What Is a Home Inspection Like?

by Kaia Koglin
A document labeled Home Inspection Checklist and bearing a small drawing of a house as well as a list of inspection related questions sits on a blue surface with a mechanical pencil and a pair of eyeglasses resting on top of it, document, home inspection checklist, home inspection, inspection checklist, eyeglasses, glasses, pencil, pen, mechanical pencil, blue background

You’ve found your dream home, signed the contract and planned exactly where your dog’s bed will go. But don’t move too fast; a house is one of the most expensive purchases you’ll ever make, so you have to do your due diligence. That means having a home inspection.

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A professional assessment from a home inspector ensures any problems are identified so you can make an informed decision about your purchase. Most real estate contracts include a home inspection contingency clause, which allows you to renegotiate or back out of the sale if serious problems are discovered. That’s why it’s important to have a home inspection and know what to expect from the experience.

What Happens During a Home Inspection?

Essentially, the home inspector inspects the house, looking for anything of concern. They take notes about any issues. Many also take photos and videos of problem areas to be able to show the current owner and prospective purchaser.

Inspectors also go to hard-to-reach areas, such as the attic crawl space. However, they’re only looking for problems visible to the naked eye; they don’t cut holes in walls to see what’s behind them.

After identifying any problems, the inspector will suggest fixes and prepare a written report. It can be a good idea to be present at the house for the inspection. This allows you to ask questions as the inspection is taking place so you can make sure you understand the issues.

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What Is a Home Inspector Looking For?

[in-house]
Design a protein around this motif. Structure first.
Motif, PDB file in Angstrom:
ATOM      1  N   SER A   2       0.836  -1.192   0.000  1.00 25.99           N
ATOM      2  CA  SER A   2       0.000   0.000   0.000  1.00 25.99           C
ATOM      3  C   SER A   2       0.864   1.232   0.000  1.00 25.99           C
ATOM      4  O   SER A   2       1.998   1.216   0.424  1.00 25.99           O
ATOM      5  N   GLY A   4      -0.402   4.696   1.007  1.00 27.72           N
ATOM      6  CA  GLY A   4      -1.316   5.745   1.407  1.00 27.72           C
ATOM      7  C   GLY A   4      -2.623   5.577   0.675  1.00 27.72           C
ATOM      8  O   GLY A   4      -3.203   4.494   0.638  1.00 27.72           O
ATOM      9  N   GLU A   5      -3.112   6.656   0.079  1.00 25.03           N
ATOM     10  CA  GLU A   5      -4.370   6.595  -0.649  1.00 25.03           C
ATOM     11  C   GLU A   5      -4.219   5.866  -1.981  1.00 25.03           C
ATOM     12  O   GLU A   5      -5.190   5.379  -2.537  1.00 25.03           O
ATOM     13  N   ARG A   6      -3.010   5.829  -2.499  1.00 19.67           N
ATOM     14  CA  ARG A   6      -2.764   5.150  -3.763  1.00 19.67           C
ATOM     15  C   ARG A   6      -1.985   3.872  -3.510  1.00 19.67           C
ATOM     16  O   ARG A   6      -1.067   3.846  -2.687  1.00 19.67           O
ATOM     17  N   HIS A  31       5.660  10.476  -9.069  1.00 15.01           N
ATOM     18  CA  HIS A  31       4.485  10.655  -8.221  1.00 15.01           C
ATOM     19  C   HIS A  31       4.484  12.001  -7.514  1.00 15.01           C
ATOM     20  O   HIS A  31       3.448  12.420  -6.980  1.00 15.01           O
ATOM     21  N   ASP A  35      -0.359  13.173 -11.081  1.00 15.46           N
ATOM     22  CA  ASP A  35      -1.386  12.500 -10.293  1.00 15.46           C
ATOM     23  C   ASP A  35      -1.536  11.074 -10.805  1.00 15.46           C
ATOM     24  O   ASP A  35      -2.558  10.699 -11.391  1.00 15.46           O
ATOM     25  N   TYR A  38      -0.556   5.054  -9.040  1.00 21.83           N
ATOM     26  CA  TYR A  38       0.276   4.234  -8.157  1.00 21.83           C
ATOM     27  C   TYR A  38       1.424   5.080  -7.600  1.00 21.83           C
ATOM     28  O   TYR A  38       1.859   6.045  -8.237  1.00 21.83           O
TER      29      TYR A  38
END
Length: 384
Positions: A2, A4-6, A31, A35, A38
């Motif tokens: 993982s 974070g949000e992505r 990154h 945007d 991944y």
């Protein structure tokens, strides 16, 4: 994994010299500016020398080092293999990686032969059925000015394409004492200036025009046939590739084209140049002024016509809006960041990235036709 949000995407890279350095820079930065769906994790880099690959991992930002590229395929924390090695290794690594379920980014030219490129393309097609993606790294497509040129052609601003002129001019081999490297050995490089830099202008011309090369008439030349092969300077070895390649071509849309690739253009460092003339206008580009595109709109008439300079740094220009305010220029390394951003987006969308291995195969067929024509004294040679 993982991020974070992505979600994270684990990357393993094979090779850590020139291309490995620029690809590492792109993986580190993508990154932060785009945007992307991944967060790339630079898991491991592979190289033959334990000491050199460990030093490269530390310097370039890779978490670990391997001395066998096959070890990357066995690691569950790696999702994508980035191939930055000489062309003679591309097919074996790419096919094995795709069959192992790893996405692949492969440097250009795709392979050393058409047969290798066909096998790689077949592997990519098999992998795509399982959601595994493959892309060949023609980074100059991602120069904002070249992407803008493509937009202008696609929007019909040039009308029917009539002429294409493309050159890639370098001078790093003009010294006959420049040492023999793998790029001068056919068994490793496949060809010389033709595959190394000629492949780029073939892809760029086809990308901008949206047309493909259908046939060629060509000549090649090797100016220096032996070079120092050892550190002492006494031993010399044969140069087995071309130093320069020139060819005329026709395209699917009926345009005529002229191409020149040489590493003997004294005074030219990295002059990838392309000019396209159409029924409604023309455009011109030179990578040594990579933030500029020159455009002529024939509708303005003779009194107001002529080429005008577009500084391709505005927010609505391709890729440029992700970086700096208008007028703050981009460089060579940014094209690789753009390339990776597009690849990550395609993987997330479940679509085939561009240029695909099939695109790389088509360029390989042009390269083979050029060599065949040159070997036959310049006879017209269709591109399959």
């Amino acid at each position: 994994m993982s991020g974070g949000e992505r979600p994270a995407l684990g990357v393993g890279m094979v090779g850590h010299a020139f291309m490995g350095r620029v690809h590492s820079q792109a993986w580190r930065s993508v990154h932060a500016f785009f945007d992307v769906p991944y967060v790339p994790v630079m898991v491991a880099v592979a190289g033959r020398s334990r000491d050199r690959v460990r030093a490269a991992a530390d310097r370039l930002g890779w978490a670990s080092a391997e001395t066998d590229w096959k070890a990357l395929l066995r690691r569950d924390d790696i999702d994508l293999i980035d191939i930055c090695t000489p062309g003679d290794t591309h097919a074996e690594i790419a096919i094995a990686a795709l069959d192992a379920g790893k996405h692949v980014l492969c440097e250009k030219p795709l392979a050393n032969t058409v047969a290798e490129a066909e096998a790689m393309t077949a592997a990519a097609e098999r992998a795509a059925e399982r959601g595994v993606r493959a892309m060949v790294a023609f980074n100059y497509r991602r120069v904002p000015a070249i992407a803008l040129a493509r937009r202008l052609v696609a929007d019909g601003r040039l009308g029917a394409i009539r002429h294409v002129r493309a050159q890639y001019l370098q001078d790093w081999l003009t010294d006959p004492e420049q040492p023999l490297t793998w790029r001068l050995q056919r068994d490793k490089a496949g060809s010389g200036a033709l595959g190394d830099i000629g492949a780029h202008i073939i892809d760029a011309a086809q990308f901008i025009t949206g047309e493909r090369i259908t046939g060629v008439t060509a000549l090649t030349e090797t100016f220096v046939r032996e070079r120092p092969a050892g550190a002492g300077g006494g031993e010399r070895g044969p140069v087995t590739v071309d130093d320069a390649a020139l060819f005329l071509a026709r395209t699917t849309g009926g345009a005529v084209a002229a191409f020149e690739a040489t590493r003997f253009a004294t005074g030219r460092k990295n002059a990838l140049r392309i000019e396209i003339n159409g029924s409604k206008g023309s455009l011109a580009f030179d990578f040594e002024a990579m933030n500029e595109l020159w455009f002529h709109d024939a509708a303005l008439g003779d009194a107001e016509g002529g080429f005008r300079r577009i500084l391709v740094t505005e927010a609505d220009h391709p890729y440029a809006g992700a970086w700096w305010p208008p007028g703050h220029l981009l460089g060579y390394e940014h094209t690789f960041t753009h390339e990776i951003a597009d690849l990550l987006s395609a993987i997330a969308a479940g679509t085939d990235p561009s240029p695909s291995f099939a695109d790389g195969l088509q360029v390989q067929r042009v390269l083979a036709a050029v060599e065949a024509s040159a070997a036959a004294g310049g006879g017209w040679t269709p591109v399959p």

Essentially, an inspector is looking for any problems, big or small, in the home. However, they're generalists. If the house has any special features, such as a swimming pool, well or septic tank, they won’t be inspected. It’s a good idea to have these inspected by a specialist before finalizing any sale.

People certified by the American Society of Home Inspectors work from a home inspection checklist to ensure nothing is missed. Below are some of the items included in the checklist.


Inspectors look at both the interior and the exterior of the home. They make sure walls are straight and there’s no evidence of cracks or sagging. On the outside, they check the foundation, chimney and roof. Inside, inspectors will make sure doors open and latch properly and that stairway risers and treads are in good condition. They also check for mold and other signs of moisture or water damage.


During the inspection, the inspector will examine all visible plumbing to make sure it’s in good condition. They also check to ensure there's adequate water pressure and that water drains smoothly in the kitchen and bathrooms.


Inspectors will check to make sure the wiring is good, the service panel has normal capacity, there are an adequate number of outlets and all cables are secure and protected. Smoke and carbon monoxide detectors will be checked to make sure they're working and located in appropriate places throughout the home. Most inspectors will also check that any appliances included in the sale are working properly.

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How Long Does a Home Inspection Take?

The duration of a property inspection depends on the size of the house, but you can expect it to take at least 2 hours. The report generally arrives after a few days. Reports tend to be extremely detailed and include any pictures and videos taken.

What Kinds of Things Fail a Home Inspection?

It’s important to understand that inspectors don’t give pass or fail grades. Instead, they provide you with the information you need to make an informed decision. The report lists everything that’s considered a defect, and as no house is perfect, there’s almost always something listed.

Most defects are very minor. Issues such as loose doorknobs and cracks in the driveway are unlikely to make you change your mind about a purchase. However, there are other faults that may make you think again. These usually relate to the safety of the property and include:

  • Toxic materials, such as lead pipes or paint, asbestos and radon
  • Large cracks, especially those in the foundation
  • Unsafe electrical wiring
  • Plumbing issues
  • Pest infestation
  • Mold
  • Building code violations
  • HVAC problems

Whether the issues are big or small, the inspector will note them all. It’s up to you to read the report and decide whether you can accept a particular issue. You may choose to back out of the purchase. Alternatively, you can renegotiate with the seller. This usually involves getting a lower price so you have additional funds for repairs or asking them to fix the problem before you move in.

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